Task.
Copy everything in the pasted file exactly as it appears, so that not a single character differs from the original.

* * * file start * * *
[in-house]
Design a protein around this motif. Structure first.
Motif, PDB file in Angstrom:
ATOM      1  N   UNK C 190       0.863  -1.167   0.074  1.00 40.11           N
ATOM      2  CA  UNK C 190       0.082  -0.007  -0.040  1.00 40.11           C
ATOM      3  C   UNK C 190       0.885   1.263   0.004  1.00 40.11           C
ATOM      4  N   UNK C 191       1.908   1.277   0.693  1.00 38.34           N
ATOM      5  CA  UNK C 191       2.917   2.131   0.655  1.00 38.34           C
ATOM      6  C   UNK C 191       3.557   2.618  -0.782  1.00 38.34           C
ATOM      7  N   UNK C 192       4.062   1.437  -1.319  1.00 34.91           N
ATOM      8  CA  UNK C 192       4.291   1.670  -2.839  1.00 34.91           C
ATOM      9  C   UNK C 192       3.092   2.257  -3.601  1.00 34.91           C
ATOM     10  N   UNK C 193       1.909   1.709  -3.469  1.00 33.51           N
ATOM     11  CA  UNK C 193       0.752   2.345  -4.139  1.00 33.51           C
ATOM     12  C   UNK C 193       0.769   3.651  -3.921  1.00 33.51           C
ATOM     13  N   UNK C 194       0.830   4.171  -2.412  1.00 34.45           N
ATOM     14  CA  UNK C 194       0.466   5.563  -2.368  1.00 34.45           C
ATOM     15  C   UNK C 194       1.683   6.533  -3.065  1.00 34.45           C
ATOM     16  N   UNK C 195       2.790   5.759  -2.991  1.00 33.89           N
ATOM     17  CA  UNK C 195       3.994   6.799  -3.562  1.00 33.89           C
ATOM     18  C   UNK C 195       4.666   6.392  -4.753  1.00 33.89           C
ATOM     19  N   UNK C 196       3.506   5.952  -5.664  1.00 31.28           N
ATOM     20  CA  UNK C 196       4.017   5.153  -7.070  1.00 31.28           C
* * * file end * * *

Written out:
[in-house]
Design a protein around this motif. Structure first.
Motif, PDB file in Angstrom:
ATOM      1  N   UNK C 190       0.863  -1.167   0.074  1.00 40.11           N
ATOM      2  CA  UNK C 190       0.082  -0.007  -0.040  1.00 40.11           C
ATOM      3  C   UNK C 190       0.885   1.263   0.004  1.00 40.11           C
ATOM      4  N   UNK C 191       1.908   1.277   0.693  1.00 38.34           N
ATOM      5  CA  UNK C 191       2.917   2.131   0.655  1.00 38.34           C
ATOM      6  C   UNK C 191       3.557   2.618  -0.782  1.00 38.34           C
ATOM      7  N   UNK C 192       4.062   1.437  -1.319  1.00 34.91           N
ATOM      8  CA  UNK C 192       4.291   1.670  -2.839  1.00 34.91           C
ATOM      9  C   UNK C 192       3.092   2.257  -3.601  1.00 34.91           C
ATOM     10  N   UNK C 193       1.909   1.709  -3.469  1.00 33.51           N
ATOM     11  CA  UNK C 193       0.752   2.345  -4.139  1.00 33.51           C
ATOM     12  C   UNK C 193       0.769   3.651  -3.921  1.00 33.51           C
ATOM     13  N   UNK C 194       0.830   4.171  -2.412  1.00 34.45           N
ATOM     14  CA  UNK C 194       0.466   5.563  -2.368  1.00 34.45           C
ATOM     15  C   UNK C 194       1.683   6.533  -3.065  1.00 34.45           C
ATOM     16  N   UNK C 195       2.790   5.759  -2.991  1.00 33.89           N
ATOM     17  CA  UNK C 195       3.994   6.799  -3.562  1.00 33.89           C
ATOM     18  C   UNK C 195       4.666   6.392  -4.753  1.00 33.89           C
ATOM     19  N   UNK C 196       3.506   5.952  -5.664  1.00 31.28           N
ATOM     20  CA  UNK C 196       4.017   5.153  -7.070  1.00 31.28           C